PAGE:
"Documentary of “Zaire ‘74”"
What You Need To Know:
SOUL POWER is devoid of most offensive material, but contains some obscene language, some suggestive dancing and a phallic symbol as a joke. There is discussion of “black power,” and how the concert is a chance for African Americans to return to the “home country.” Ali takes repeatedly says that America puts black people down and that America is more violent than Zaire. Viewers will enjoy seeing legends such as B.B. King and the late James Brown onstage and in their prime. The movie is not overly engaging, but the onstage dances and performances clearly are a highlight.
(Pa, APAP, C, L, S, N, A, D, M) Somewhat pagan worldview in the world of “soul music” along with many anti-American references by celebrity athlete plus positive Christian content where one group of performers prays before a show; three obscenities, including the “f” word, but no profanities; no violence; no sexual content, though some on-stage dancing is suggestive and man creates a phallic symbol as a joke; upper male nudity and women with bare midriffs and cleavage; drinking of alcohol; smoking; and, some old-fashioned discussion of “Black Power.”.
SOUL POWER is a documentary of the days leading up to and the concert by James Brown and others as part of the 1974 Ali/Foreman fight in Zaire. The camera crew follows along as plans are hastily made to stage “Zaire ‘74” which the promoters deem as a chance for African American performers to “return home.”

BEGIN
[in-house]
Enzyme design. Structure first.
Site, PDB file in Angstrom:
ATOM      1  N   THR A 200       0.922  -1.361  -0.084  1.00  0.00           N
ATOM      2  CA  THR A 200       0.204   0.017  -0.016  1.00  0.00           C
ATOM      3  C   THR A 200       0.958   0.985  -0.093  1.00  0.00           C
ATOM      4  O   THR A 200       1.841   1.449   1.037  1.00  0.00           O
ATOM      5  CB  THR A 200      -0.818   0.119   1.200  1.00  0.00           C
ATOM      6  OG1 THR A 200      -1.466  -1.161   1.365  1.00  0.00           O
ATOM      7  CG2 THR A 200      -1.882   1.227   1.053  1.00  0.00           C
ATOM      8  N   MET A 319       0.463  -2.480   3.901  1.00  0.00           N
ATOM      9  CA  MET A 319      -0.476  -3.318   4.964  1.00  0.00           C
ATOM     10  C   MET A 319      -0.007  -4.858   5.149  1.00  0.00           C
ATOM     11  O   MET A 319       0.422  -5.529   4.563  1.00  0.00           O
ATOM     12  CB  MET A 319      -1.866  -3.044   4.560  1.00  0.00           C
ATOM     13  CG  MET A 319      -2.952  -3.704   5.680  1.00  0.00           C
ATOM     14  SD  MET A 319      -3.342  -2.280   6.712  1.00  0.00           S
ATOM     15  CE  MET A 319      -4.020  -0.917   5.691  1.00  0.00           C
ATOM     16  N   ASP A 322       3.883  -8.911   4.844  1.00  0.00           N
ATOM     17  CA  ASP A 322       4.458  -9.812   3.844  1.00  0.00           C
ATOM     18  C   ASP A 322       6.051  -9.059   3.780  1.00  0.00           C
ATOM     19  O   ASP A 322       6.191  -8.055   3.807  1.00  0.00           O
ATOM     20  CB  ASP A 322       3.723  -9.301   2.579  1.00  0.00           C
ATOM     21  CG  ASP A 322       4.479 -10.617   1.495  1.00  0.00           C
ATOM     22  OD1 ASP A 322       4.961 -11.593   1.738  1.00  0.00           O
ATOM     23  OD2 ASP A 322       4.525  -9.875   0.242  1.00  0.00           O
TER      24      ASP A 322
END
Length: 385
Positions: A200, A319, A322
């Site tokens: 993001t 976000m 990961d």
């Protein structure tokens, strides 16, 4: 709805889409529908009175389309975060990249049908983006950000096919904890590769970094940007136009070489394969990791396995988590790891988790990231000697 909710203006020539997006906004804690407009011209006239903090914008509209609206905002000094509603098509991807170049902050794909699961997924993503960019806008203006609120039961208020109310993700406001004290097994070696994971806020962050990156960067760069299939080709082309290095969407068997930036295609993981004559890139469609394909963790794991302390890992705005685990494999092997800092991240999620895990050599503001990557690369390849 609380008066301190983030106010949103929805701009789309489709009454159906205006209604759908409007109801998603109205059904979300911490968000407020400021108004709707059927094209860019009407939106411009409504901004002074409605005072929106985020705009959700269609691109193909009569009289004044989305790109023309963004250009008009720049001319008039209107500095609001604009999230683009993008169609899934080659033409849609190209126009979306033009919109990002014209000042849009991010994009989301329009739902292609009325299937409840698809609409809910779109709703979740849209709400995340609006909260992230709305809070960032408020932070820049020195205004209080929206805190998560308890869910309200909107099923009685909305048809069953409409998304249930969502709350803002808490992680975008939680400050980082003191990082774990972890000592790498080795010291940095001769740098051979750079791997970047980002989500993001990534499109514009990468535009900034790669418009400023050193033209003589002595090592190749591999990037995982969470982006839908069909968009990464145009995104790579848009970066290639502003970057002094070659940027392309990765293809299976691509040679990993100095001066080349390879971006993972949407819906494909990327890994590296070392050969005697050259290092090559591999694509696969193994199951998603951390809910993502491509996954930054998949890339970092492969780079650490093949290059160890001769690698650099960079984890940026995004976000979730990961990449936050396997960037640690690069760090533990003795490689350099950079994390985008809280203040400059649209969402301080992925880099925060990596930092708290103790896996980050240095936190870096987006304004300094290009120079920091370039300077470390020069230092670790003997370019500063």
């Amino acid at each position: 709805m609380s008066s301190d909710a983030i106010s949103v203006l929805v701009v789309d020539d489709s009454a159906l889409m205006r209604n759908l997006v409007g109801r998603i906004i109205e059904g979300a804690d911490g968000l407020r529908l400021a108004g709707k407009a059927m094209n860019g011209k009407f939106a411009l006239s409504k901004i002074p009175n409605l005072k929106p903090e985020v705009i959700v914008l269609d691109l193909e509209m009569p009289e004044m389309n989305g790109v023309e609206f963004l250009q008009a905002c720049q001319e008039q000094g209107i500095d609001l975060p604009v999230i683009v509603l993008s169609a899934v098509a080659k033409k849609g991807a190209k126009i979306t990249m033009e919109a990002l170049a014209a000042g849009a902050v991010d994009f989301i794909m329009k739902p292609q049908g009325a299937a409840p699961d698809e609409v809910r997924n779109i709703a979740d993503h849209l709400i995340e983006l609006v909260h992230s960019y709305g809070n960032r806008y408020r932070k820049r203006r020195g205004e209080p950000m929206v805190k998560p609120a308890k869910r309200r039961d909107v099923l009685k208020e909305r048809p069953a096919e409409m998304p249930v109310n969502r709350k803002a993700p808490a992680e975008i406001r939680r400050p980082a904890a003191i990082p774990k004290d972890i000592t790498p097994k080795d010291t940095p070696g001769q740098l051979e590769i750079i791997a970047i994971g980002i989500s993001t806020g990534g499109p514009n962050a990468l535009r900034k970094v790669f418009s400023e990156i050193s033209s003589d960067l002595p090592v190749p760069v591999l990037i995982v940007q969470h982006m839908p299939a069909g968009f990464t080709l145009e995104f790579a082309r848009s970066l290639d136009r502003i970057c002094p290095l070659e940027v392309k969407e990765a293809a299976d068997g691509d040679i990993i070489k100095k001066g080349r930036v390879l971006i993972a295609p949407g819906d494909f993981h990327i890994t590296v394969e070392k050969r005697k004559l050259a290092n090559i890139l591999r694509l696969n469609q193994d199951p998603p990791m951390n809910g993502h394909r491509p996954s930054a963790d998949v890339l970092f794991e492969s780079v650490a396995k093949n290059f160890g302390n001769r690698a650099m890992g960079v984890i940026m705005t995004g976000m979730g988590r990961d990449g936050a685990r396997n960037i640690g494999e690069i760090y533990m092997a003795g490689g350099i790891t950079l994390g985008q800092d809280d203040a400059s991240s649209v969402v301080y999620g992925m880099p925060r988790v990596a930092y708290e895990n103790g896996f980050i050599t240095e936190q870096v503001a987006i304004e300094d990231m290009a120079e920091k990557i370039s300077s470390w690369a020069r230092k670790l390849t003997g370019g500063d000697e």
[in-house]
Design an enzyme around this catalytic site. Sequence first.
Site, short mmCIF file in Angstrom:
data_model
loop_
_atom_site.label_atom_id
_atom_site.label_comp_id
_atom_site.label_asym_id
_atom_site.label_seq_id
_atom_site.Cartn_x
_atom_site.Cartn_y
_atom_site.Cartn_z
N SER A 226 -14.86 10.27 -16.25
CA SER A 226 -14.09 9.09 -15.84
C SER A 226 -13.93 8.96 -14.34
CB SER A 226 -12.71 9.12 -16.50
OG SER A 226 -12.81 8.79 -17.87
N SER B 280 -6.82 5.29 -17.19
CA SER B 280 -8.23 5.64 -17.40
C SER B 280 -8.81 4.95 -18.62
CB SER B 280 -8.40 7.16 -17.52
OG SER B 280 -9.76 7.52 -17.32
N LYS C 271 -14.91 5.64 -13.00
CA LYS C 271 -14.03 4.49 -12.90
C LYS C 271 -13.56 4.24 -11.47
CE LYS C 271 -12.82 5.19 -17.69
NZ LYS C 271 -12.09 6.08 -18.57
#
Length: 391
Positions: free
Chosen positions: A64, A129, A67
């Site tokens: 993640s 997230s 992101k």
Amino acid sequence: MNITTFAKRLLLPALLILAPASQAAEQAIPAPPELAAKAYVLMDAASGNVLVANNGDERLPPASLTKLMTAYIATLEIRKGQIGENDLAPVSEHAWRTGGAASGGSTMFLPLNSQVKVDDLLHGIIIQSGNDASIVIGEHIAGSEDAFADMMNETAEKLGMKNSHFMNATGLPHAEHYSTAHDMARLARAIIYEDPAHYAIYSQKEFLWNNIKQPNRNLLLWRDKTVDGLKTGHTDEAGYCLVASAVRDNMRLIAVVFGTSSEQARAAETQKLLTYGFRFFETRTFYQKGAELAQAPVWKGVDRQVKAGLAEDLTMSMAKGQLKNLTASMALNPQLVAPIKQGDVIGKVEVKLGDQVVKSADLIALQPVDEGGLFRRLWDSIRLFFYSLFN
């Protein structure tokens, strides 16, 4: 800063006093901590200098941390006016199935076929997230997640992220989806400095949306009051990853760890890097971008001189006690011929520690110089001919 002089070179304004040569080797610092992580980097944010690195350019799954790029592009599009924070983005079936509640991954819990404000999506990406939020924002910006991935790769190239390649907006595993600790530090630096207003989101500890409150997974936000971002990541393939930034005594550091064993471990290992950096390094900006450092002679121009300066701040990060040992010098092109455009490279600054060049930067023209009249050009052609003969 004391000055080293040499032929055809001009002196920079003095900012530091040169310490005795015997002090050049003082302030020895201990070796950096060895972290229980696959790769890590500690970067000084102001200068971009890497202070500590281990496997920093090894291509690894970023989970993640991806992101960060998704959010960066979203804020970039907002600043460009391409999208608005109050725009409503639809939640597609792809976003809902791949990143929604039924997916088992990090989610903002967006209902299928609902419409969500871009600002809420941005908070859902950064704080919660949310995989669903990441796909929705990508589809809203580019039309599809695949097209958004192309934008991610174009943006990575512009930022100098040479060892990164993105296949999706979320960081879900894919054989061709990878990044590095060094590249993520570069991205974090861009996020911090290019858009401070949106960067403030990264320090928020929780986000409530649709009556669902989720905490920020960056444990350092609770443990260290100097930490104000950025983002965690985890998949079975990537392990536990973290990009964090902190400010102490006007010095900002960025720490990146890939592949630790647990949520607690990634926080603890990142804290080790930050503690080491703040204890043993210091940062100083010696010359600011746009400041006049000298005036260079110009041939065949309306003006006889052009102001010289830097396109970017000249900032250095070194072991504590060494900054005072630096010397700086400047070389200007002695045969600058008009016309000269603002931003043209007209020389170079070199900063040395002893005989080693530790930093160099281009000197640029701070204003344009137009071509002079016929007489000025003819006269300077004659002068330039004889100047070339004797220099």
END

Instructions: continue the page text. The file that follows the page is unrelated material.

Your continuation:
Much of the movie is behind the scenes footage of James Brown, B.B. King, and other famous performers on the plane, at the hotel and backstage, as well as the promoters and crew building the huge stage for the show. Muhammad Ali is part of the concert events when the fight is postponed six weeks because of an injury to Foreman. The movie’s last half are the onstage performances, which are tremendous. Fans of soul music will not want to miss these.
SOUL POWER is a time capsule of 1974 with its outlandish dress and mannerisms. The production values are solid. The movie is made up completely of the onscreen persons speaking their own words.
The movie is relatively clean, especially given the subject matter. There is much on camera discussion of “black power” and how this concert consists of African Americans returning to the mother “home country.”
Ali takes many on camera moments to say that America is always putting black people down and that America is more violent that Zaire. Of course, in the past six years, Zaire, now called the “Democratic Republic” of the Congo, has suffered a brutal civil war that reportedly has claimed the lives of 5.4 million people, so the ignorant Muslim boxer from Louisville, Kentucky has had to eat his words! America doesn’t look so bad now, does it, Mr. Clay aka Ali? Though Ali won the fight, his opponent, George Foreman, has fared much better since then compared to Ali, who is only a shadow of his former self.
Jesse Jackson’s now famous “I Am Somebody” speech rolls over the end credits. At the very end, the late James Brown appears, telling viewers that they “are somebody.”
It is great to see legends such as B.B. King and James Brown onstage and in their prime. The movie is not overly engaging, but the onstage dances and performances are clearly a highlight.
Please read the content section since there is some obscene language, some on-stage dancing is suggestive and man creates a phallic symbol as a joke.
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